“If you are feeling sad or upset, it’s important to reach out for help,” says Angela Buttimer, LPC, a facilitator at Thomas F. Chapman Family Cancer Wellness at Piedmont. “There are so many resources available today that people don’t have to turn to medication as their only source of hope.”

Signs of clinical depression

Buttimer shares some of the warning signs that may indicate normal sadness and mild depression have turned into clinical depression:

  • More bad days than good days for several consecutive weeks
  • Can’t seem to shake the sadness
  • Loss of interest in loved ones, friends, hobbies, etc.
  • Loss of appetite
  • Irrational thinking
  • Lack of concentration
  • She has also seen a tendency for people who do not have a strong support system to fall prey to depression more easily.

Overcoming clinical depression

People suffering from any stage of depression can be empowered by many different support programs, including:

  • Enrichment programs
  • Exercise
  • Stress management
  • Relaxation techniques (yoga, Tai Chi, meditation)
  • Journal writing
  • Signs of suicidal ideation

There are some people who dive into a deeper state of depression where they are overcome with hopelessness. They lose all hope in the possibility of getting well. They may even have suicidal thoughts and at this point, therapy is the primary intervention.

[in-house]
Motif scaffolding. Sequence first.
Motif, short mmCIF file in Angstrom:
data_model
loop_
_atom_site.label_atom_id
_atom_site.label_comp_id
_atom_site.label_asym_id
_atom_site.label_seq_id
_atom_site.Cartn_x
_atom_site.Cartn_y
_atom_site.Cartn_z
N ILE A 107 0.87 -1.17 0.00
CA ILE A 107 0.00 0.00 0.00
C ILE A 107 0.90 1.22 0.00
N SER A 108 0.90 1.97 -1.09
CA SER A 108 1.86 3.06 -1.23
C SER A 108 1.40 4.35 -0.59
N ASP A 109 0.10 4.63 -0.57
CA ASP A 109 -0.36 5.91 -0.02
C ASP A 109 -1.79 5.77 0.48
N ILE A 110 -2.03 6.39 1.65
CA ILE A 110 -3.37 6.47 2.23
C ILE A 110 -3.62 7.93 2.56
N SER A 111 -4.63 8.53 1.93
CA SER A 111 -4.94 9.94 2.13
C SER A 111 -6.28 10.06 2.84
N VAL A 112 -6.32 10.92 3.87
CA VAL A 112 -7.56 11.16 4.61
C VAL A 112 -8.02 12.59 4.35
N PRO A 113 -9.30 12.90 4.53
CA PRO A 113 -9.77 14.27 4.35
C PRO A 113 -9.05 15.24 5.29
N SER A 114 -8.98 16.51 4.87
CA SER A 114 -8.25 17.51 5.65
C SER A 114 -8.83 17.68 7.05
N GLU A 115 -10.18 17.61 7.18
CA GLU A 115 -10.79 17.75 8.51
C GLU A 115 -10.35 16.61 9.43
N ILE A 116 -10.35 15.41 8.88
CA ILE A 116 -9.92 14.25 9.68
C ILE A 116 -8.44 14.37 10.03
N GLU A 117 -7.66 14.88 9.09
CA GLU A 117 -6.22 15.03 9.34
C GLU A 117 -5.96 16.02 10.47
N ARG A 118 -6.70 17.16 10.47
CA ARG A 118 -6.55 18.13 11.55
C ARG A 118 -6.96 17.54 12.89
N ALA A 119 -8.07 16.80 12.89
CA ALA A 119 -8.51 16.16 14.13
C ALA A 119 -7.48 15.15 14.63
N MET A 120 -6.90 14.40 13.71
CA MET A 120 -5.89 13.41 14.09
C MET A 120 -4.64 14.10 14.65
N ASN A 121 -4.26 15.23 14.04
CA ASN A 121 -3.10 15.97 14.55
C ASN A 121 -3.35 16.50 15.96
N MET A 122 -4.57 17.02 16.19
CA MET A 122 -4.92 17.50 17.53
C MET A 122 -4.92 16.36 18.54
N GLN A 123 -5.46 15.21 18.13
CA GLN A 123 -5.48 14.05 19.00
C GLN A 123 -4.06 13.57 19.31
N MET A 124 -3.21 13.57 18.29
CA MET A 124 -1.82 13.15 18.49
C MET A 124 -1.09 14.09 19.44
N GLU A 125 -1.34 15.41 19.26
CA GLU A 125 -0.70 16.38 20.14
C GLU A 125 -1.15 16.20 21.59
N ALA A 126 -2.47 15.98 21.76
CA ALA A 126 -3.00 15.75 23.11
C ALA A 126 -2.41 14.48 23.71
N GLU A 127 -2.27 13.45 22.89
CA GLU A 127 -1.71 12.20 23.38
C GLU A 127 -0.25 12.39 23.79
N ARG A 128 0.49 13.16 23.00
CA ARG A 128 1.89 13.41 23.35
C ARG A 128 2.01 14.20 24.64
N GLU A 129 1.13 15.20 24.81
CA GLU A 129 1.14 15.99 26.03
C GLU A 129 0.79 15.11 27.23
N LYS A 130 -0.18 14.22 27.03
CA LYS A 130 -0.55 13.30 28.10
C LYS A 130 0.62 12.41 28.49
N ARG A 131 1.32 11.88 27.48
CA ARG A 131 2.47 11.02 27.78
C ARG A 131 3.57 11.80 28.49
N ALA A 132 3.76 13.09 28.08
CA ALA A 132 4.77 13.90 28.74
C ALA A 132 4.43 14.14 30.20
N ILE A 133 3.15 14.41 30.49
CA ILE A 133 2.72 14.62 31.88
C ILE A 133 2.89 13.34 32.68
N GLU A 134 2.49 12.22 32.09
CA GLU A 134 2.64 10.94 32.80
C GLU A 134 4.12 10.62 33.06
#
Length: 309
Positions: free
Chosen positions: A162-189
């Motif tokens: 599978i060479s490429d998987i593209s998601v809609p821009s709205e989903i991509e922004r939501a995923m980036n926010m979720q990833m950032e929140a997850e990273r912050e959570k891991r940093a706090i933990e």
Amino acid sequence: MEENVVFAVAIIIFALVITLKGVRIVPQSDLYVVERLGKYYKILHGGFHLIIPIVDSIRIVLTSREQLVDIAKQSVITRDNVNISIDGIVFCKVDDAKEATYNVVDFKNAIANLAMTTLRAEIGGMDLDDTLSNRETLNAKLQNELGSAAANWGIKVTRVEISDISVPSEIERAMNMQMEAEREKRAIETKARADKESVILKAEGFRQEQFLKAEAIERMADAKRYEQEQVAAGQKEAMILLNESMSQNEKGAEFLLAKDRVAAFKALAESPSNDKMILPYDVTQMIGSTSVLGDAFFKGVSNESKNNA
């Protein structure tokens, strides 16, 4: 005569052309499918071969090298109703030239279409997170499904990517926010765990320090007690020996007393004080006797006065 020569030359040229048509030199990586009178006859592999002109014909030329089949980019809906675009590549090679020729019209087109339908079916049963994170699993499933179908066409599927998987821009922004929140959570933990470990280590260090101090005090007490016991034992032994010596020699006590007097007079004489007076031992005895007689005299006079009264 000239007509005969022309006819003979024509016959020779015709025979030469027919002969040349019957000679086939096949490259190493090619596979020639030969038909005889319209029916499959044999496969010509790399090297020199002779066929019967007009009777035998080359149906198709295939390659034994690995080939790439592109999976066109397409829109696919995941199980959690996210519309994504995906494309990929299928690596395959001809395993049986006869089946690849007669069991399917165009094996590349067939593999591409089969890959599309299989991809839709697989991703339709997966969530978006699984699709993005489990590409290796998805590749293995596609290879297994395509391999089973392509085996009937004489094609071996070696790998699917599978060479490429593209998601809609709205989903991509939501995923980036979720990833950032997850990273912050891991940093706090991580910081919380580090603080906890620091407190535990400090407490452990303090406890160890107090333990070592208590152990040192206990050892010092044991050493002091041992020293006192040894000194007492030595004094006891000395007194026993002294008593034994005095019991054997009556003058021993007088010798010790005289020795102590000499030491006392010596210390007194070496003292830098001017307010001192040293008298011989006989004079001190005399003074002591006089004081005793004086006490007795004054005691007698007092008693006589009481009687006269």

“A person suffering from suicidal thoughts is placed in therapy – usually family, individual and group therapy,” Buttimer says. “All three of these platforms can help with the healing process.”

Medication may also be used to treat depression.

Seeking professional help

There is no shame in seeking professional help, even if you aren’t sure you have depression. Talk to your primary care physician about your symptoms – he or she can refer you to the appropriate specialist.

(Source: Piedmont Healthcare) 

World premiere of ‘A Reckless Pause’ coming to GOOD Theatre


One family, one perfect child; one challenged. A rift is caused between two sisters, when one collapses days before the other’s elaborate wedding. Can their mother repair the damage before the family comes together that night?

Find out when ‘A Reckless Pause’ opens Thursday, October 2, 2014 and runs thru October 5, 2014 at GOOD Acting Studio, 507 Roswell Street NE, Marietta 30060.

Showtimes are Thursday-Friday, 8pm, Saturday 3pm and 8pm, Sunday 3pm. General admission tickets are $15. Purchase online at or call the Box Office at 678-403-8508.

Run time is 1 hour, 28 minutes. Show includes adult language – for mature audiences only.


GG’s Fashion Forward – East Cobb Moms on Local TV!

When we hit the stores, we not only want sales, we also want a shopping experience. How about an experience that doesn’t involve stores or the internet, but is on wheels! That’s what you get with GG’S Fashion Forward.

For more information visit

Senior Day at the North Georgia Fair


You are invited to Senior Day, for adults 55 plus, at the North Georgia State Fair on Friday, Sept. 19. Play Bingo with the Cobb County Board of Commissioners at 10:30 a.m. and 12:30 p.m.